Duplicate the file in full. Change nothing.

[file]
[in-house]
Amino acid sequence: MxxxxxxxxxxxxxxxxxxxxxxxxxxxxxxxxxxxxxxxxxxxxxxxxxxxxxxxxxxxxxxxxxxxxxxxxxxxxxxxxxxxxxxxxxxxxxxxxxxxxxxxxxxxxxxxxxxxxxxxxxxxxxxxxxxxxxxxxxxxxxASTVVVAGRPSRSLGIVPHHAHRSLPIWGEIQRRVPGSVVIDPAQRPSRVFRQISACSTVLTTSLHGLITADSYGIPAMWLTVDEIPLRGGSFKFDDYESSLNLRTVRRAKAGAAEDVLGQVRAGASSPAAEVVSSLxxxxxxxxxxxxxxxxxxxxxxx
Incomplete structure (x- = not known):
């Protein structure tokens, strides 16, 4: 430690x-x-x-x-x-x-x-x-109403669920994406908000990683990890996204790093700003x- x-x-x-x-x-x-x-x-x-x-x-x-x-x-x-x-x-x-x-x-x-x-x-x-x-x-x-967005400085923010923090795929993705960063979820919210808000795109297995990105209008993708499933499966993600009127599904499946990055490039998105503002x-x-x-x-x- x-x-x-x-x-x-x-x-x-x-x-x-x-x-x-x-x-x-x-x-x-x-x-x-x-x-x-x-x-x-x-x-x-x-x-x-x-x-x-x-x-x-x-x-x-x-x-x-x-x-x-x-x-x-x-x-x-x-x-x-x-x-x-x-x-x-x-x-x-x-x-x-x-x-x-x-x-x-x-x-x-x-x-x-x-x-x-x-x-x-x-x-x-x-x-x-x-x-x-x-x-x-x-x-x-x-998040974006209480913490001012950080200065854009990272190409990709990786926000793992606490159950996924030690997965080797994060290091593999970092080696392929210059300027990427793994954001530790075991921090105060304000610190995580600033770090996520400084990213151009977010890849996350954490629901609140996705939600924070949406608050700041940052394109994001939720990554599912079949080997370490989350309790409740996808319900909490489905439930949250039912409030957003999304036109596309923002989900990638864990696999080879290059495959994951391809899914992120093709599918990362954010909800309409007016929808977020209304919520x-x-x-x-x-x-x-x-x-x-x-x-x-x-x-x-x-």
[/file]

[in-house]
Amino acid sequence: MxxxxxxxxxxxxxxxxxxxxxxxxxxxxxxxxxxxxxxxxxxxxxxxxxxxxxxxxxxxxxxxxxxxxxxxxxxxxxxxxxxxxxxxxxxxxxxxxxxxxxxxxxxxxxxxxxxxxxxxxxxxxxxxxxxxxxxxxxxxxxASTVVVAGRPSRSLGIVPHHAHRSLPIWGEIQRRVPGSVVIDPAQRPSRVFRQISACSTVLTTSLHGLITADSYGIPAMWLTVDEIPLRGGSFKFDDYESSLNLRTVRRAKAGAAEDVLGQVRAGASSPAAEVVSSLxxxxxxxxxxxxxxxxxxxxxxx
Incomplete structure (x- = not known):
């Protein structure tokens, strides 16, 4: 430690x-x-x-x-x-x-x-x-109403669920994406908000990683990890996204790093700003x- x-x-x-x-x-x-x-x-x-x-x-x-x-x-x-x-x-x-x-x-x-x-x-x-x-x-x-967005400085923010923090795929993705960063979820919210808000795109297995990105209008993708499933499966993600009127599904499946990055490039998105503002x-x-x-x-x- x-x-x-x-x-x-x-x-x-x-x-x-x-x-x-x-x-x-x-x-x-x-x-x-x-x-x-x-x-x-x-x-x-x-x-x-x-x-x-x-x-x-x-x-x-x-x-x-x-x-x-x-x-x-x-x-x-x-x-x-x-x-x-x-x-x-x-x-x-x-x-x-x-x-x-x-x-x-x-x-x-x-x-x-x-x-x-x-x-x-x-x-x-x-x-x-x-x-x-x-x-x-x-x-x-x-998040974006209480913490001012950080200065854009990272190409990709990786926000793992606490159950996924030690997965080797994060290091593999970092080696392929210059300027990427793994954001530790075991921090105060304000610190995580600033770090996520400084990213151009977010890849996350954490629901609140996705939600924070949406608050700041940052394109994001939720990554599912079949080997370490989350309790409740996808319900909490489905439930949250039912409030957003999304036109596309923002989900990638864990696999080879290059495959994951391809899914992120093709599918990362954010909800309409007016929808977020209304919520x-x-x-x-x-x-x-x-x-x-x-x-x-x-x-x-x-």